Machines led us to the industrial revolution. The world we are living in is very much different when compared to the time a few decades back. Though there have been several drawbacks, the fact is that machines have made our lives easier and better. In this new age, robots are adding a new dimension to this modern world.
Industries around the world are now showing more interest in robotics because it represents the key to future medicine, warfare, better economy, and well-being. Even maritime industry is not untouched from the robotization. With the introduction of a variety of new robotic technologies, the day is not far when robots will carry out several important jobs both at sea and on shore.
Let’s take a look on some of the robotic technologies of the shipping industry that have made news lately.
1. Fire Fighter Robots: Shipboard Autonomous Fire Fighting Robot (SAFFiR), developed by Naval Research Laboratory in collaboration with Virginia Tech and other US universities, is an autonomous humanoid robot capable of detecting and suppressing shipboard fires and working shoulder to shoulder with human firefighters using advanced sensors. The idea is not to replace humans in firefighting but to aid them in firefighting operations on ships.
In the case of fire on ships, these robots would perform tasks such as turning valves, picking up and dragging fire hoses, and putting water on fire. This concept can make use of different fire suppression technologies including PEAT grenade. The firefighting robot has a vision system to search for survivors and can withstand heat up to 500 degree Celsius. It is also outfitted with multi-modal sensor technology for advanced navigation to overcome obstacles and stay upright even in pitching and rolling sea conditions. The robots can respond to gesture and commands, and its sensor package includes a camera and gas sensor. IR and UV camera help it to see through the smoke and detect the source of excess heat respectively.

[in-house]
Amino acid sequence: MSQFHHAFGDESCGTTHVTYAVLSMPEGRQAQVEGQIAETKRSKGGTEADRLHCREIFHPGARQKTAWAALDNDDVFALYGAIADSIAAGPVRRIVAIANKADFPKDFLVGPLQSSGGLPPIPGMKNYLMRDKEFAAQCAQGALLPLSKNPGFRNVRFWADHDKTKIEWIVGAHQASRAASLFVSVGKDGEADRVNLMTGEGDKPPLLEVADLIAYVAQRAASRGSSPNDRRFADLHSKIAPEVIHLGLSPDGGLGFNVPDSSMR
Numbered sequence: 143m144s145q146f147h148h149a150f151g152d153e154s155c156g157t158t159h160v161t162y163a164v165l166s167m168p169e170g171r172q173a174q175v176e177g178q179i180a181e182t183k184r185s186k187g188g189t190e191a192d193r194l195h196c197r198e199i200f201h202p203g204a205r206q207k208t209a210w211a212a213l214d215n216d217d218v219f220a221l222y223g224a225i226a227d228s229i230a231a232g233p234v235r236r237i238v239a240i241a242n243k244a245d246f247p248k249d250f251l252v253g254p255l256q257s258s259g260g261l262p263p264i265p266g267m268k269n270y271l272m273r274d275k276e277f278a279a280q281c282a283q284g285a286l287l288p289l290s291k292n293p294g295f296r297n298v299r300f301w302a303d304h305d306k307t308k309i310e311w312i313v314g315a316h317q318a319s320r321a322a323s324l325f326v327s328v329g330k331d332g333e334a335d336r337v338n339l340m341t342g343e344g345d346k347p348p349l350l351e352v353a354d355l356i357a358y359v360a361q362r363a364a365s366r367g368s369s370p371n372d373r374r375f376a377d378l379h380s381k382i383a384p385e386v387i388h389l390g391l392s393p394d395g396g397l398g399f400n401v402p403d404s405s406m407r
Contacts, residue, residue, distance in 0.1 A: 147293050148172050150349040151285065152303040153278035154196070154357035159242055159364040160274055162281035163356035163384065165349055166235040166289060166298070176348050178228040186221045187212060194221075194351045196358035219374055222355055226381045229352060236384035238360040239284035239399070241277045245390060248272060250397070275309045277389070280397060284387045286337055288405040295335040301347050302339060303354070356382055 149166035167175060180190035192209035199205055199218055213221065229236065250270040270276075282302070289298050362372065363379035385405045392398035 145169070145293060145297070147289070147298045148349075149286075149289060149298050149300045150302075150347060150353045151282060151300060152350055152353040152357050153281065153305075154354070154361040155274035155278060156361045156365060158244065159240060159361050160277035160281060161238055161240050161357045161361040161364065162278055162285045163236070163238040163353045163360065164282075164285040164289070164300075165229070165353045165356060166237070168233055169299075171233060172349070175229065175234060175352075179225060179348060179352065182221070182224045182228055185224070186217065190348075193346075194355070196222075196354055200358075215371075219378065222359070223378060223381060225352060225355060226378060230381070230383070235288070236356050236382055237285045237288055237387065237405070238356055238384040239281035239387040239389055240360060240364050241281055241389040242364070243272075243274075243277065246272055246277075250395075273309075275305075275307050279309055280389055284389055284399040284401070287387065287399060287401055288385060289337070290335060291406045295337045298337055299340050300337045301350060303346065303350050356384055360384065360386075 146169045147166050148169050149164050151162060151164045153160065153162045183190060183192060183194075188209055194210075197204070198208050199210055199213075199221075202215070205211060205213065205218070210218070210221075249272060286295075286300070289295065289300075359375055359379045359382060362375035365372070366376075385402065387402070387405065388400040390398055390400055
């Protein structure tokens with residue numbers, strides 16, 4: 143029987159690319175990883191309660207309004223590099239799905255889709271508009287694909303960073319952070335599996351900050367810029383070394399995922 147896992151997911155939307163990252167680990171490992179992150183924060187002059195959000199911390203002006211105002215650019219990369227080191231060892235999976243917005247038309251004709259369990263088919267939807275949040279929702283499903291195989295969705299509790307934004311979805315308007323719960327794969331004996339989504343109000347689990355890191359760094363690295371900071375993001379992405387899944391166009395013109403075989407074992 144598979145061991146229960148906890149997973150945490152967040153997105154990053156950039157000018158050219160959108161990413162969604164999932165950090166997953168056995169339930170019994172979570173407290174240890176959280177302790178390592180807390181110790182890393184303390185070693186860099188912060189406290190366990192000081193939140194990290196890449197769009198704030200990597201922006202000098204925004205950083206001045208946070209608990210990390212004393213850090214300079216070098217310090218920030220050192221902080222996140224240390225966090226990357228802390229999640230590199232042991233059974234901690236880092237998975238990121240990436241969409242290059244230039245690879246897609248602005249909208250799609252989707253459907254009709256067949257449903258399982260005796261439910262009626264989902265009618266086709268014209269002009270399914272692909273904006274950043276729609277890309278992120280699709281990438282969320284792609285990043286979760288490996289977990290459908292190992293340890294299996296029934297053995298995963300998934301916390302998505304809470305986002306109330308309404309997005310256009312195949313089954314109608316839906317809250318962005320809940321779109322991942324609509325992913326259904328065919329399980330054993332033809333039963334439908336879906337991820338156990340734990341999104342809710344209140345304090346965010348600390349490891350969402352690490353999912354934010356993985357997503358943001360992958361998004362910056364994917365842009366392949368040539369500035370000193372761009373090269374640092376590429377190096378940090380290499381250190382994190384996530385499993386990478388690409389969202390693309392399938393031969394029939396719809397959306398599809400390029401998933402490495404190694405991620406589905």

Several demonstration and experiments on SAFFiR have been conducted in past couple of months with an objective to enhance the firefighting abilities of US Navy. This service can also be used to tackle a fire in commercial vessels and offshore platforms in future.
2. Hull Cleaning Robots: With increasing consciousness for green shipping, technologies that help in higher fuel efficiency and reductions of carbon-dioxide emissions are in great demand. Hull roughness management using hull cleaning robots can play a vital role in this regard.
The build-up of marine organisms on ship’s hull, also called bio-fouling, reduces the ship’s speed by up to 10%. To compensate the drag, it is said that, a ship may have to use about 40% more fuel. Sometimes, toxic coatings are applied to prevent bio-fouling but they pose threat to marine ecology. An innovative hull cleaning robot namely “HullBUG” has been developed by SeaRobotics and funded by U.S. Navy Office of Naval Research (ONR) to tackle this issue.
The Robotic Hull Bio-inspired Underwater Grooming tool (Hull BUG), is a small autonomous vehicle weighing 30 to 40 kg. It uses four wheels and attaches itself to the underside of ships, using a negative pressure device that creates a vortex between the BUG and the hull. It crawls on the hull surface and performs frequent grooming (light cleaning of fouling films). Sensors provide obstacle avoidance, path cleaning, and navigational capabilities. A fluorometer lets the robot detect biofilm and then it uses rotary brushes or water-jets to scrub the fouling film off.
The developer of the robot estimates that, if these robots are put into practice, there can be 5% improvement in fuel efficiency through proactive grooming, translating into a savings of $15 billion annually for the shipping industry worldwide and reduction in 1 billion tons of greenhouse gases emitted by the fleet.
Similar efforts to develop hull cleaning robots is being done by Keelcrab. The product I-keelcrab is semi automatic robot fitted with ip68 high-resolution camera and can be guided by smartphone or tablet. Keelcrab-one is an underwater robot, which can be controlled by a wired remote control with live video feed.
3. Robot Ship Inspectors